"A New Energy Paradigm: Ensuring Nuclear Fuel Supply and Nonproliferation through International Collaboration with Insurance and Financial Markets"
Discussion Paper 2007-02, Belfer Center for Science and International Affairs
Belfer Center Programs or Projects: International Security
Increases in world population and per capita energy demand in the next few decades are expected to cause a substantial rise in world energy use. In addition, growing concern over carbon-based energy’s effect on global warming has revived interest in non-carbon-based energy sources such as nuclear power. Seeking ways to dissuade more states from contemplating launching their own uranium enrichment programs (which could produce not only material for nuclear fuel but also for nuclear weapons), the International Atomic Energy Agency (IAEA) is considering different mechanisms to assure these states that they can obtain fuel supplies from the market without political interference.
Nuclear fuel users, however, care about all aspects of managing the risk of their fuel supplies, not just the politics of obtaining enriched uranium. Moreover, some of these states might be afraid that any solution exclusively supported by the IAEA would still be susceptible to political pressures from certain producer members.
Building on the experience of the nuclear safety/security and catastrophic risk financing fields, we discuss ways the international community could facilitate the development of an insurance market to provide added security. Specifically, we recommend the financial indemnification for economic losses suffered by nuclear utilities (public and private) due to a disruption of supply over the full fuel cycle (enrichment, fabrication, and transportation). One way to achieve that is to establish an international insurance mechanism (e.g., a mutual company) that would both limit the fuel risk of the nuclear facilities and benefit from coverage from a consortium of private insurers and reinsurers. The mechanism could benefit from an additional layer of protection by being backstopped by IAEA member countries.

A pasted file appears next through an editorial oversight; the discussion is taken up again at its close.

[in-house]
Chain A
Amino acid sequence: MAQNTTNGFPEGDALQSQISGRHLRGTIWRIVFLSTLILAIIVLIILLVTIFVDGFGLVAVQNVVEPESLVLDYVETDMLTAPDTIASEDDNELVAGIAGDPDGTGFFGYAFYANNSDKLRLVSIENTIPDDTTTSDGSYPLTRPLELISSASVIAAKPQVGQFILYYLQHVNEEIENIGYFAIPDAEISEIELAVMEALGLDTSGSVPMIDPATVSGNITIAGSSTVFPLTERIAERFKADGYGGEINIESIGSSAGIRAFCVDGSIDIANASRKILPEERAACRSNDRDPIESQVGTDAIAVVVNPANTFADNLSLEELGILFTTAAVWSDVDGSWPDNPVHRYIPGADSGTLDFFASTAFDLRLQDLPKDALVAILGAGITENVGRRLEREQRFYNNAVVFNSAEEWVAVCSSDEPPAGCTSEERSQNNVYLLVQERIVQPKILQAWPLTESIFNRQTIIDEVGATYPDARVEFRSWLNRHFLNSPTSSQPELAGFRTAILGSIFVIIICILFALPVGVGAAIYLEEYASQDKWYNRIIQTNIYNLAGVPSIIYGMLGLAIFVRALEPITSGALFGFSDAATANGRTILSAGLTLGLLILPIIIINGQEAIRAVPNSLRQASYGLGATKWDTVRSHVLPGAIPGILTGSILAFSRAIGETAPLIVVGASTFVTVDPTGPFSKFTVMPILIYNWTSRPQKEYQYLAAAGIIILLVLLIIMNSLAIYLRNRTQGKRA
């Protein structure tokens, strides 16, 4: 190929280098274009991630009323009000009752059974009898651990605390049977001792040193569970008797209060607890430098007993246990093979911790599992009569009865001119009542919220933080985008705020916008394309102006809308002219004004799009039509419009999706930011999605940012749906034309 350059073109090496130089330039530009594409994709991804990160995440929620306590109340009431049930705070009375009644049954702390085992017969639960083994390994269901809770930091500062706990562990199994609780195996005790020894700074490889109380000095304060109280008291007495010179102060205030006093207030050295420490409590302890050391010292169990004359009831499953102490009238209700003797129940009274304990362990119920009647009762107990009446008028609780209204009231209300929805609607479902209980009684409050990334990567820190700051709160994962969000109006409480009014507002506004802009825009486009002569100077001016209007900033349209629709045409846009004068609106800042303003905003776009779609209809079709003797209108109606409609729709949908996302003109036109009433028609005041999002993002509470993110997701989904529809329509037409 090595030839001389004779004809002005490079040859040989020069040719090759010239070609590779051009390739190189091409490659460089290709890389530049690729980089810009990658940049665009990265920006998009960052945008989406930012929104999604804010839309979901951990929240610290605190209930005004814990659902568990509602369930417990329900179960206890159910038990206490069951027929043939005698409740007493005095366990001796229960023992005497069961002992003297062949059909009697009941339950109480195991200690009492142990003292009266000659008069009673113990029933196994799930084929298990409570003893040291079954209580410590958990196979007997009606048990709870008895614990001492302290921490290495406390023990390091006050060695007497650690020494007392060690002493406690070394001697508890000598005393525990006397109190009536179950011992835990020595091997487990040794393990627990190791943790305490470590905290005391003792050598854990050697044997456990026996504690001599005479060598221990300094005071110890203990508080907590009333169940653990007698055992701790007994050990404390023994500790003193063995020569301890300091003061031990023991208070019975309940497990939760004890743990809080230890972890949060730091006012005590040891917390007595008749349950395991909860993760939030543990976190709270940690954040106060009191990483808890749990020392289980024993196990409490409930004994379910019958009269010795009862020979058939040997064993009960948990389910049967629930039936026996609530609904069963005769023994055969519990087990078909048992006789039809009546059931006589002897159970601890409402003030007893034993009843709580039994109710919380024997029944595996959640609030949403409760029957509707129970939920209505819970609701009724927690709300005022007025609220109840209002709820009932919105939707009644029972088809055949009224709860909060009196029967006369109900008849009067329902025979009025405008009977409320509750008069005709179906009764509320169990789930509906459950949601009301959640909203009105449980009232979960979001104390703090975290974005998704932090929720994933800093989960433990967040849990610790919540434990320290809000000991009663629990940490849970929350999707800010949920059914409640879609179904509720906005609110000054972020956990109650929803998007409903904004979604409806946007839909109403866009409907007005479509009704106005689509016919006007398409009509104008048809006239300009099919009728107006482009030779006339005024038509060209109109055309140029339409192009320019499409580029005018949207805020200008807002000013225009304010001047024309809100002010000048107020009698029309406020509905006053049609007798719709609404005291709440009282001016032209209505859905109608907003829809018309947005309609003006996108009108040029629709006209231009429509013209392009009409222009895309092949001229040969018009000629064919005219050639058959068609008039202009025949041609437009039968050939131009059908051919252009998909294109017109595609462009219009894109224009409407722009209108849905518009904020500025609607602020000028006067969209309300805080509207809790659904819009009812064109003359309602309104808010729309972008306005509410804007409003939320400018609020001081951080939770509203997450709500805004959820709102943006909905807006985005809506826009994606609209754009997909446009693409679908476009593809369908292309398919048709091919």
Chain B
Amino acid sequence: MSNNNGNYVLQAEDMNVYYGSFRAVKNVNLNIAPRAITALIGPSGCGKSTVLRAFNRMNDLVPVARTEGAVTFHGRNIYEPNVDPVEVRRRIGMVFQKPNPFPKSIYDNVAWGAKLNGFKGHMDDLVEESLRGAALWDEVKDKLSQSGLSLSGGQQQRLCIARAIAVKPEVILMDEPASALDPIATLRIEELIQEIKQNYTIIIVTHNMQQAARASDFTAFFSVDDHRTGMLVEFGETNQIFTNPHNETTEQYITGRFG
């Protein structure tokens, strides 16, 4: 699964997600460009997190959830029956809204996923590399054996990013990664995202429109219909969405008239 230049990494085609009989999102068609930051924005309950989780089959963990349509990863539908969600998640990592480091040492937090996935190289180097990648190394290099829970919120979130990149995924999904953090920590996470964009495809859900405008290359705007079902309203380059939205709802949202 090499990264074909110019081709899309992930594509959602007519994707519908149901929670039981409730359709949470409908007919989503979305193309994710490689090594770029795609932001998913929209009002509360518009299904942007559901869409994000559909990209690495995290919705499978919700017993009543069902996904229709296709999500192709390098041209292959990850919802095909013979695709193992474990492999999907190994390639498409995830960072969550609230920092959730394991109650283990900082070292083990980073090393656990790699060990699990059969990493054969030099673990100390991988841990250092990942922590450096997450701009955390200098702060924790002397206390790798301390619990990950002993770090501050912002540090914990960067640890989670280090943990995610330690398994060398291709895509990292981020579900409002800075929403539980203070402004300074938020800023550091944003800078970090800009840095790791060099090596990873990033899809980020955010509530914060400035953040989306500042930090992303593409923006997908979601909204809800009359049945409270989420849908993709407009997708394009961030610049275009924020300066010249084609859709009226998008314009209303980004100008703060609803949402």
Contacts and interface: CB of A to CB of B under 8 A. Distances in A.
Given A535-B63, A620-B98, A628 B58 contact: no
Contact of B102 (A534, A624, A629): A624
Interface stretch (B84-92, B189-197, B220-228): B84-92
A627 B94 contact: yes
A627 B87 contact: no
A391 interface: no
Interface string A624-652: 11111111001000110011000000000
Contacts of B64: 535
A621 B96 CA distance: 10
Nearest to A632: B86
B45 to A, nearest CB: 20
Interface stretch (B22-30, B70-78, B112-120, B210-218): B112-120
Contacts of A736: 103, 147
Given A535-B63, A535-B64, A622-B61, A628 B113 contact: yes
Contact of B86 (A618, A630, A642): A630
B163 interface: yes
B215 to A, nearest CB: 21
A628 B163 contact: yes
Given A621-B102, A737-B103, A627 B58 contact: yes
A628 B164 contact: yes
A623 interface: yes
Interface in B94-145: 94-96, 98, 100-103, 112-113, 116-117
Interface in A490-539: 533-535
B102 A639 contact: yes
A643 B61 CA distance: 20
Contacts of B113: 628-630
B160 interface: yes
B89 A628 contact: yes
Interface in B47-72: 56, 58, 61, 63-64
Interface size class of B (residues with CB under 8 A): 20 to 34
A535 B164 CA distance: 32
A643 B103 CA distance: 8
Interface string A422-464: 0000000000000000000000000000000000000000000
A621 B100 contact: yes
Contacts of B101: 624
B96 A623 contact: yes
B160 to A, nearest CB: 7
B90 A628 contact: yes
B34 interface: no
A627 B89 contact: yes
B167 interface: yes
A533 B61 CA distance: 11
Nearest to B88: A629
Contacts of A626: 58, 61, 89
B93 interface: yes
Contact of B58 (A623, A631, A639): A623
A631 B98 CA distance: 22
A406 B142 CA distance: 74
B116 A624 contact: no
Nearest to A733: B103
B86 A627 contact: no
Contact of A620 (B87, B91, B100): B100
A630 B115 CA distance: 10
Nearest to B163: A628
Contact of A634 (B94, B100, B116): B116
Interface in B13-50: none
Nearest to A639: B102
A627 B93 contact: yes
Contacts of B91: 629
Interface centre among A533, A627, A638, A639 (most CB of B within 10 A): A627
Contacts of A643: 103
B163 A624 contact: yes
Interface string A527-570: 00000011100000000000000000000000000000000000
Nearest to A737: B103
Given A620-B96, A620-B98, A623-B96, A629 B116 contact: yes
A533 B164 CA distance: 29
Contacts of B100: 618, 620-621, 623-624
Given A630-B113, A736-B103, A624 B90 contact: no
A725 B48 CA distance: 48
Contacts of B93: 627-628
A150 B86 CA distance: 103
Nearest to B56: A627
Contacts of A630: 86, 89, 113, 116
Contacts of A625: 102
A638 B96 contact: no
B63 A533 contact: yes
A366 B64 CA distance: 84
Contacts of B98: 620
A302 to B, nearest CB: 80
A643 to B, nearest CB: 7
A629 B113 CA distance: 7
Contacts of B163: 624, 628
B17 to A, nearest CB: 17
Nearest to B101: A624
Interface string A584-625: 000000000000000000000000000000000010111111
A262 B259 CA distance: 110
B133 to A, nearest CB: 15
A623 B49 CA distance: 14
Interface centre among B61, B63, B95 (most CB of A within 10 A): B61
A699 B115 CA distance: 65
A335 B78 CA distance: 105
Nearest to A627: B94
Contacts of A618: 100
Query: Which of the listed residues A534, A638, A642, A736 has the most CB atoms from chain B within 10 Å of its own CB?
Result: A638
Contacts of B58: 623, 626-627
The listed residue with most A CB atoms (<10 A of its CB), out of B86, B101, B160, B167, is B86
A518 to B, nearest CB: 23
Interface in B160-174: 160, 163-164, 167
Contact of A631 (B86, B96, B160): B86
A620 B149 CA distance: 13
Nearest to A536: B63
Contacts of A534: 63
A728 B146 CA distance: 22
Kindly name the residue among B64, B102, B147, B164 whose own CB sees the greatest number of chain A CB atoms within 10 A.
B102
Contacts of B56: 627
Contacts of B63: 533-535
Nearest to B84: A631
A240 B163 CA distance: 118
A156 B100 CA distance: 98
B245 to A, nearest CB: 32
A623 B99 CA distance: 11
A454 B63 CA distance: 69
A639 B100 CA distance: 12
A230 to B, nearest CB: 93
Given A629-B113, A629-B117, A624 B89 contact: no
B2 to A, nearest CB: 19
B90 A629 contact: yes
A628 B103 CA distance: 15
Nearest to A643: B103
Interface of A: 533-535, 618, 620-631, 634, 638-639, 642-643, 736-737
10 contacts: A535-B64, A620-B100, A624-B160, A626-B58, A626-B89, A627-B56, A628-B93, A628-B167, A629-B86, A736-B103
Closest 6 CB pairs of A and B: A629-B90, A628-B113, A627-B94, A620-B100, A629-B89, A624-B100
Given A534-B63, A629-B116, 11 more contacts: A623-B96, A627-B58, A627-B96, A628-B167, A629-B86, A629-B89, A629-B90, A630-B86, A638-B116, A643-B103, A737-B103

The eligibility for such insurance coverage and the terms and condition of the indemnification would be analyzed and prespecified. Because this approach would rely on international insurance markets, it could be seen not only as complementary to other proposed solutions but also more neutral.
The mutual company could also use supply options to facilitate fuel deliveries in the event of market interruptions. Support for the commoditization of the uranium market should also be considered.
- decker_michel_kerjan_march_2007.pdf (1.4 MB PDF)
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Document Length: 40 pp.